North America seems to be marching toward an end to prohibition. In Canada, legal cannabis sales will begin next week. And though the US federal government still considers cannabis a Schedule I drug with no medical value, nine states have legalized adult use, along with Washington, D.C. and the Northern Mariana Islands, a US commonwealth in the northwestern Pacific. And thirty have legalized medical cannabis, along with D.C. and Puerto Rico.
In Mexico, medicine derived from cannabis was authorized nationwide last year. And now, following a series of lawsuits brought against the federal government, recreational use could soon follow suit. Unlike in the US, where the Supreme Court only needs to rule once to establish the constitutionality of a law one way or the other, the Mexican Supreme Court must issue five similar rulings for it to stick—and cannabis advocates and their lawyers have already won three.
One of those attorneys, Andrés Aguinaco Gómez Mont, chose to use constitutional litigation to challenge cannabis prohibition in Mexico back in 2012 because, he said, the situation around drugs in the country had become untenable.
At the time, President Felipe Calderón had doubled down on the drug war, sending the military to the fields and to the streets. Aguinaco Gómez Mont and his colleagues, Paula Méndez and Moy Schwartzman, grappled with the human cost of the war on drugs—60,000 dead, in addition to those disappeared or displaced— and determined that they had to intervene.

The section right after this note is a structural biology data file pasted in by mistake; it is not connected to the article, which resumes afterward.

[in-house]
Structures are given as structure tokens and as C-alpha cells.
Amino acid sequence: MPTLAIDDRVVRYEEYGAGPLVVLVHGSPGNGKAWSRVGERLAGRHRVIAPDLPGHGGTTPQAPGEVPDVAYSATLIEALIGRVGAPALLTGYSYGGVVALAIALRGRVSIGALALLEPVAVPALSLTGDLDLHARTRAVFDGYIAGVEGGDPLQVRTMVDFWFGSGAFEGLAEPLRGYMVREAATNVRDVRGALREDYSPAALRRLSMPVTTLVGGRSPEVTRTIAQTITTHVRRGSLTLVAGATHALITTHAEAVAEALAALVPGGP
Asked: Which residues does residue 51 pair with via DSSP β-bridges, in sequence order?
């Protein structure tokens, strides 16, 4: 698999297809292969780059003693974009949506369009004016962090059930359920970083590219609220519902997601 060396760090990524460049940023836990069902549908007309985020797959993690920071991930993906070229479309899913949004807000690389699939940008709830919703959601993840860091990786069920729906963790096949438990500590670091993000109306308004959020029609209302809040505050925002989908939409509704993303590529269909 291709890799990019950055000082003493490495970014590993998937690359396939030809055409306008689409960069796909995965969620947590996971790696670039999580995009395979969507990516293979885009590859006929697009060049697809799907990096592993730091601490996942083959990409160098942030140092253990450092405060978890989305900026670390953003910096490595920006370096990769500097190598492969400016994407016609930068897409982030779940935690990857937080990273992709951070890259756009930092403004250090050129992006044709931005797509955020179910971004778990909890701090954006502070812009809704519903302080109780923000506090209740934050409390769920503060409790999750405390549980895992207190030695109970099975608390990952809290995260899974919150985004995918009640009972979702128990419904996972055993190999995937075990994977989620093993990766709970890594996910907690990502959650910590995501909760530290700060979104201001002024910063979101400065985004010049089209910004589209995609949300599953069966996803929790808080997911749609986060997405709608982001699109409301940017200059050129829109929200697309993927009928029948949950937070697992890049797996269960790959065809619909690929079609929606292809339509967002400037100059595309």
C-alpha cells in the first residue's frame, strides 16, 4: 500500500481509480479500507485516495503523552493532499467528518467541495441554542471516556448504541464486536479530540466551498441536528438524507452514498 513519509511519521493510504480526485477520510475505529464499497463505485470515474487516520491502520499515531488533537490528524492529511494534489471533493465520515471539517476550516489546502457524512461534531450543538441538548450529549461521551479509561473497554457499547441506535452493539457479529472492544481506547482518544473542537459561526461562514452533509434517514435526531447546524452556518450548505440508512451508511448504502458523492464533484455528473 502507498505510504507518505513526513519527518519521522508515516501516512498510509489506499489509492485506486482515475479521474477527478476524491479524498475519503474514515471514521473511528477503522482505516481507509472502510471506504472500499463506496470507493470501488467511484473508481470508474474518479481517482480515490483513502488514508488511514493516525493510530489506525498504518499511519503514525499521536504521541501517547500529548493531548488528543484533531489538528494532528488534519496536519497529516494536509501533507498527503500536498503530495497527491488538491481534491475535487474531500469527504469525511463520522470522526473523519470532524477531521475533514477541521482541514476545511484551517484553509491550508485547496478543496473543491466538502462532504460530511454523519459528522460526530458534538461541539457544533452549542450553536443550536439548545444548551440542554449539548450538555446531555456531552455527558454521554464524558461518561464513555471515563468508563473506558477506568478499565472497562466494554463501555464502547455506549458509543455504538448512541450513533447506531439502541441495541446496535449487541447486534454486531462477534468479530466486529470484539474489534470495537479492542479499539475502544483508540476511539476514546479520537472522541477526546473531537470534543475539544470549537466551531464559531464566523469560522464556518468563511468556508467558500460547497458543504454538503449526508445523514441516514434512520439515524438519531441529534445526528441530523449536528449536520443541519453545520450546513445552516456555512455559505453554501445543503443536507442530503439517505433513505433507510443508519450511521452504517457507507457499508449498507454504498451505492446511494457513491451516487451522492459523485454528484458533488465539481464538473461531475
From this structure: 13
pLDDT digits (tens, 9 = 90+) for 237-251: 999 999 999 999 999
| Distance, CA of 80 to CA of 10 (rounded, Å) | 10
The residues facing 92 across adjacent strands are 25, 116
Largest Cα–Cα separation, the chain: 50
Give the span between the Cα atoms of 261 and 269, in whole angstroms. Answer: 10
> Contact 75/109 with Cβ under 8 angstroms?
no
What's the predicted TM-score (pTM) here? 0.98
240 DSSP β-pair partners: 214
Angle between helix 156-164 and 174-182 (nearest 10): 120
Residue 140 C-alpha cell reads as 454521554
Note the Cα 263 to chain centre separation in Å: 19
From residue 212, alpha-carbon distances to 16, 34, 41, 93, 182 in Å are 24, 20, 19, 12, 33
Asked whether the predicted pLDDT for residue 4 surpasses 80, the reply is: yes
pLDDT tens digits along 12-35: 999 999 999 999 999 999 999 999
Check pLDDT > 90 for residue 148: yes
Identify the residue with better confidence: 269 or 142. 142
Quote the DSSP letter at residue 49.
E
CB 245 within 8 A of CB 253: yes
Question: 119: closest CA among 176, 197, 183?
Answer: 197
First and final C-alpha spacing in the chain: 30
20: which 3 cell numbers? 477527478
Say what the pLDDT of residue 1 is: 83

The young lawyers teamed up with Mexico United Against Crime, a nonprofit organization that has advocated on behalf of victims of extortion, homicide, kidnapping, and rape for more than two decades. Together, they decided to take the cannabis prohibition debate to the courts, and designed a strategy that emphasized identifying plaintiffs with whom the Supreme Court might empathize. In September 2015, Aguinaco Gómez Mont and his team won their first case: Graciela “Grace” Elizalde Benavides, an eight-year-old child who suffered from intense epileptic seizures, became the first person in the country to obtain permission to import and consume medical cannabis.
Prior to that landmark case, Aguinaco Gómez Mont and his colleagues also assisted four plaintiffs, all members of the upper middle class with no criminal record, in filing a legal petition demanding the right to sow, cultivate, harvest, prepare, possess and transport cannabis. The plaintiffs were members of the Mexican Society for Responsible and Tolerant Consumption (or SMART, in Spanish), whose stated objective was the permission to produce and consume cannabis recreationally. Their petition, filed in 2013, was denied but later appealed to the Supreme Court.
Once there, the legal team argued that the Mexican government was infringing on the constitutional doctrine of the “free development of personality.” In a court document posted on its now defunct website, SMART said that using marijuana is a way for individuals to distinguish themselves from the rest of society, and that since the Mexican Constitution protects the individual’s right to be unique and independent, the state cannot breach that right when the consequences of cannabis consumption, be they positive or negative, only affect the individual who uses the drug.
The Supreme Court agreed, and in November 2015 those four plaintiffs became the only people besides Grace authorized to consume cannabis—in a country that then had a population of about 125 million. The rulings, Aguinaco Gómez Mont explained, will only apply to everyone in Mexico when, after the fifth similar ruling, the Court issues a general ruling called a “jurisprudential thesis,” which becomes the supreme law of the land. (This, for instance, was how marriage equality was established in Mexico.)